Three out of four candidates in the riding of Cape Breton-Canso squared off in a federal election debate at Glace Bay High School, N.S., on Wednesday night.
The Conservative candidate and the Liberal incumbent spent a lot of time sparring with each other and while it was spirited, it was mostly a polite affair, held in front of a live audience of about 60 people and streamed on the internet.
The candidates debated 14 questions from the audience ranging from poverty and housing to the Mi’kmaw fishery and reconciliation.
While they all managed to get out their party platform talking points, Conservative candidate Fiona MacLeod clearly had her sights set on the incumbent, Liberal Mike Kelloway.
At one point, MacLeod got in a dig when she subtly referred to Liberal ministers for Atlantic economic development having been from Quebec and Ontario.
“We are going to have a minister of rural affairs and we’re also going to have a minister for ACOA from Atlantic Canada,” she said.
Kelloway had a quick comeback.
“It was a Conservative minister from New Brunswick who killed Enterprise Cape Breton Corporation, so we’ll take no lessons on economic development from Conservatives.”
Jana Reddick, a career counsellor from Glace Bay, said voters should consider the NDP, because the other two parties have been all talk and no action.
“Something that I hear a lot here in Cape Breton is that Tory times are hungry times and I think that the Liberals have shown us that they’ll say whatever to get in and then again we’re right back to square one,” she said.
“We get stuck with a bitter back-and-forth and Cape Bretoners never get ahead.”
Kelloway was first elected in 2019 when he beat the Conservative candidate, Alfie MacLeod, by nearly 1,900 votes, winning the riding after the former Liberal MP, Rodger Cuzner, decided not to re-offer.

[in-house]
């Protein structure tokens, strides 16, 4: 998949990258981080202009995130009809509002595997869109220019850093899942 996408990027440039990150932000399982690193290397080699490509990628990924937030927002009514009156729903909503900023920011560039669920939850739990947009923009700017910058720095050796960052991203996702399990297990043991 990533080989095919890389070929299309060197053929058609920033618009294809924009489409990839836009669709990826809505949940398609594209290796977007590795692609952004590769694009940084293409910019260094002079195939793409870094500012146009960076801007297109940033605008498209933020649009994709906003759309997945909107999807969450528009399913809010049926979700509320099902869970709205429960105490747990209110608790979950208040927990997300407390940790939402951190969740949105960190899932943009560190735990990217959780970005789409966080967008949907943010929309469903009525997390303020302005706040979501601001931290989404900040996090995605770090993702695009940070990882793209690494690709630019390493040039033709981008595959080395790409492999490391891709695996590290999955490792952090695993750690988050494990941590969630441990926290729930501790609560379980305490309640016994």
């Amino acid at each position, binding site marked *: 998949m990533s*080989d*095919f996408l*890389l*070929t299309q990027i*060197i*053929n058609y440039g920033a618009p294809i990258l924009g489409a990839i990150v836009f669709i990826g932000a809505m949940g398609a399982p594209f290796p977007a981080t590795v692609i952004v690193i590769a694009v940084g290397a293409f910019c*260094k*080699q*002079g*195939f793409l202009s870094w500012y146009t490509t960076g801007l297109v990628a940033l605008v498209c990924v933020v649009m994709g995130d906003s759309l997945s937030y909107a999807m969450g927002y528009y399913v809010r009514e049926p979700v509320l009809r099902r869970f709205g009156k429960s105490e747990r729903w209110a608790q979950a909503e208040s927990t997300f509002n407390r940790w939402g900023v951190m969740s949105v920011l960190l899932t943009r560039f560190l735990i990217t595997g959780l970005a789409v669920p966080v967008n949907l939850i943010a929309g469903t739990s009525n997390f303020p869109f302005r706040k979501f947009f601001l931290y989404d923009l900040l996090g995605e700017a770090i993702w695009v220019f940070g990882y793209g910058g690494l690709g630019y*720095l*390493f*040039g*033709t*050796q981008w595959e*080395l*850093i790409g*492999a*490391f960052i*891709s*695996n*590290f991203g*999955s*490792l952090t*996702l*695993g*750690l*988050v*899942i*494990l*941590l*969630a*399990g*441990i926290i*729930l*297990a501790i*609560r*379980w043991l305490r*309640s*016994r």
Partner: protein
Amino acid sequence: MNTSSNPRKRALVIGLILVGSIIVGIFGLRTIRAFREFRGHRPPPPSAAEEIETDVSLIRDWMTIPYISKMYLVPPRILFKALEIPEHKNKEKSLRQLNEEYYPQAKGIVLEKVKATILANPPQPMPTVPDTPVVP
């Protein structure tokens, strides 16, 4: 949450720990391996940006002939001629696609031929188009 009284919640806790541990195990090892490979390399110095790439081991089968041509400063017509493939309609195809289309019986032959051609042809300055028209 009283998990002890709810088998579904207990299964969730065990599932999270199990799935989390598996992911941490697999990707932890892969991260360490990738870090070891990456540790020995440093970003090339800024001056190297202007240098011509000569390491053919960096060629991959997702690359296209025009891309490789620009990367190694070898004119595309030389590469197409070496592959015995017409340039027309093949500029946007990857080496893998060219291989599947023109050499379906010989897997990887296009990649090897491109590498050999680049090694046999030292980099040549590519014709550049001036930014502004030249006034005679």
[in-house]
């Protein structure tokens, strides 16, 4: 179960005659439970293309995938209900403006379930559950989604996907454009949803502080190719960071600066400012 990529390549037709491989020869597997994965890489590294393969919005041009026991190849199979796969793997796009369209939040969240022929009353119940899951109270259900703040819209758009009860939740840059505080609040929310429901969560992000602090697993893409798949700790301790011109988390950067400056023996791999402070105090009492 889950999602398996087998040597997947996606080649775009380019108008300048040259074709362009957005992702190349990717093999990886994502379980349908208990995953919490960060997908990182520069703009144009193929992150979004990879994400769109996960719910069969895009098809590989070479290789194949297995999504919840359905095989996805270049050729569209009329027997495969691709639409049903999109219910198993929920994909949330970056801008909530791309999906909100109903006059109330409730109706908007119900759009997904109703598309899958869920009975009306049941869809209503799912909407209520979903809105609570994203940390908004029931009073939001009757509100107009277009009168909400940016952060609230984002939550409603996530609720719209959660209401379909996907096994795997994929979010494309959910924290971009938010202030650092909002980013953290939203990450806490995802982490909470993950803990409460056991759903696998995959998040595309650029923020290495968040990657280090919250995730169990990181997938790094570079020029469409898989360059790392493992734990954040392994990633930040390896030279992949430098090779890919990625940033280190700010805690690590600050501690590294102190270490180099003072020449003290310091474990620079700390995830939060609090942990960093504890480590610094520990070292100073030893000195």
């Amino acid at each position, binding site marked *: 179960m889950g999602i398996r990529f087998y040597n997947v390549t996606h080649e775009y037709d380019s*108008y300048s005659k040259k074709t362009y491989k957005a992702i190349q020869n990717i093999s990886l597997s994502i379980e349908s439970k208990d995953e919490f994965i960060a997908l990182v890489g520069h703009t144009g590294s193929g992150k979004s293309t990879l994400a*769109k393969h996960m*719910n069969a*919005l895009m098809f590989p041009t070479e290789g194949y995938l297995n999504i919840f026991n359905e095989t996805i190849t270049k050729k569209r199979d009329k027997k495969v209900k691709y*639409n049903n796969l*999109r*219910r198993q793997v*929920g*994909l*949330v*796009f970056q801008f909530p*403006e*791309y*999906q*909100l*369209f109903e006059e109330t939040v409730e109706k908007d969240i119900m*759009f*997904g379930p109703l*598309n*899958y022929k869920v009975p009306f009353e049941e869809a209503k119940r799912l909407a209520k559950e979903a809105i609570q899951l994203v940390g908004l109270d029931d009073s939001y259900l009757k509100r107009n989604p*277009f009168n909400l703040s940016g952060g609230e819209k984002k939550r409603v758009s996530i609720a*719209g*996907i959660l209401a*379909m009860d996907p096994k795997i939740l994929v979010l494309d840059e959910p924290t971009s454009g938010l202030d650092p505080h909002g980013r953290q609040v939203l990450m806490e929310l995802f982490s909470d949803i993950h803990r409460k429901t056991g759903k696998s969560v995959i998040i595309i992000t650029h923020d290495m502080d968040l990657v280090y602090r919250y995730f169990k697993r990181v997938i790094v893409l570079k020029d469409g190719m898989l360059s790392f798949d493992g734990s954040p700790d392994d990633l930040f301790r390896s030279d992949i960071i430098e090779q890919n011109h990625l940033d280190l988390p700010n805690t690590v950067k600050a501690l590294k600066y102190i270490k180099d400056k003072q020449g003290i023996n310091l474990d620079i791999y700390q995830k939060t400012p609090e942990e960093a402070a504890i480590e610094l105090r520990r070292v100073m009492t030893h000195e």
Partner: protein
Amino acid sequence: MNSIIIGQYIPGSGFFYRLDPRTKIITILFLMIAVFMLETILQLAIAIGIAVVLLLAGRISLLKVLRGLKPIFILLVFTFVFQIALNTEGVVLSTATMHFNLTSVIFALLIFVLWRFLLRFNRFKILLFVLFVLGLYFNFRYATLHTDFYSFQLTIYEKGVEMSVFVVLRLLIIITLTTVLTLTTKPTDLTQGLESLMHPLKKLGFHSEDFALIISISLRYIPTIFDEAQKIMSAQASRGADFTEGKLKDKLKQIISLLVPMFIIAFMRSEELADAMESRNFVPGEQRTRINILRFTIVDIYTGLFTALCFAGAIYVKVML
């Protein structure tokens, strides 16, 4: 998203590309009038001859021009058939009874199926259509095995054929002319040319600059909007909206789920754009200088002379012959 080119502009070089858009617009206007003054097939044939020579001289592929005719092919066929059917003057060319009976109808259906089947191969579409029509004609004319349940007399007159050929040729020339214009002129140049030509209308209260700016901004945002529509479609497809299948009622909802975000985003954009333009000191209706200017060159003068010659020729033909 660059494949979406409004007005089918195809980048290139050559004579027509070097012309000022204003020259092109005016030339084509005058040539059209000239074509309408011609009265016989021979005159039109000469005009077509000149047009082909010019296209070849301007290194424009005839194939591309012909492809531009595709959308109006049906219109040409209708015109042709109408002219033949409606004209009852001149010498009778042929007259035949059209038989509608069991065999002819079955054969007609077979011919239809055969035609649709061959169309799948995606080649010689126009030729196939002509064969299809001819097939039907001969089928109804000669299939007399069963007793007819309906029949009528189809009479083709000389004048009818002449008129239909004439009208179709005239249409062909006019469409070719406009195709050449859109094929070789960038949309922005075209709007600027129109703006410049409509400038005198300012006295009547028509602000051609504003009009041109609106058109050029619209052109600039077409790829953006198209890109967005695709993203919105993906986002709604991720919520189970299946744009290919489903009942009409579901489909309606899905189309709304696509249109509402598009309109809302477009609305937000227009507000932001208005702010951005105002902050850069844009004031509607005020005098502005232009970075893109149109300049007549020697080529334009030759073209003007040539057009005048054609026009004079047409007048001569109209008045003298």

Fiona MacLeod, who grew up in Cape Breton and has worked for the federal government in Ottawa for more than 30 years, commended Liberal Prime Minister Justin Trudeau for his handling of the COVID-19 pandemic.
However, she said, the Canada Emergency Relief Benefit, which was designed to ensure people had an income while staying home during the pandemic, has kept workers at home too long and hampered the economy.
“When all our tourist businesses were ready to open and the CERB was continued until after this election, [it left] hundreds of businesses on this island and in our riding without employees,” MacLeod said.
Kelloway, who has worked for Nova Scotia Community College and Cape Breton University and has volunteered with a variety of community organizations, said the Liberals developed a tourism recovery package and increased wage subsidies to help employers find workers.
“When the pandemic hit, we were in an existential crisis and the patient was bleeding out and if you listen to the Conservatives, they would have let the patient bleed out,” he said.
“No way on our watch.”
Reddick said emergency funding for Canadians would have been lower if the NDP had not pushed the government into being more generous.
“I was really thankful that there was a minority government … for the pandemic, because I think if we didn’t have a minority government, Canadians would have struggled a lot more,” she said.
People’s Party of Canada candidate Brad Grandy, an electrical tradesman who lives in Musquodoboit Valley outside the riding, did not attend the debate.
The full debate, which was organized by CBC Cape Breton and moderated by Information Morning Cape Breton host Steve Sutherland, is available online here.
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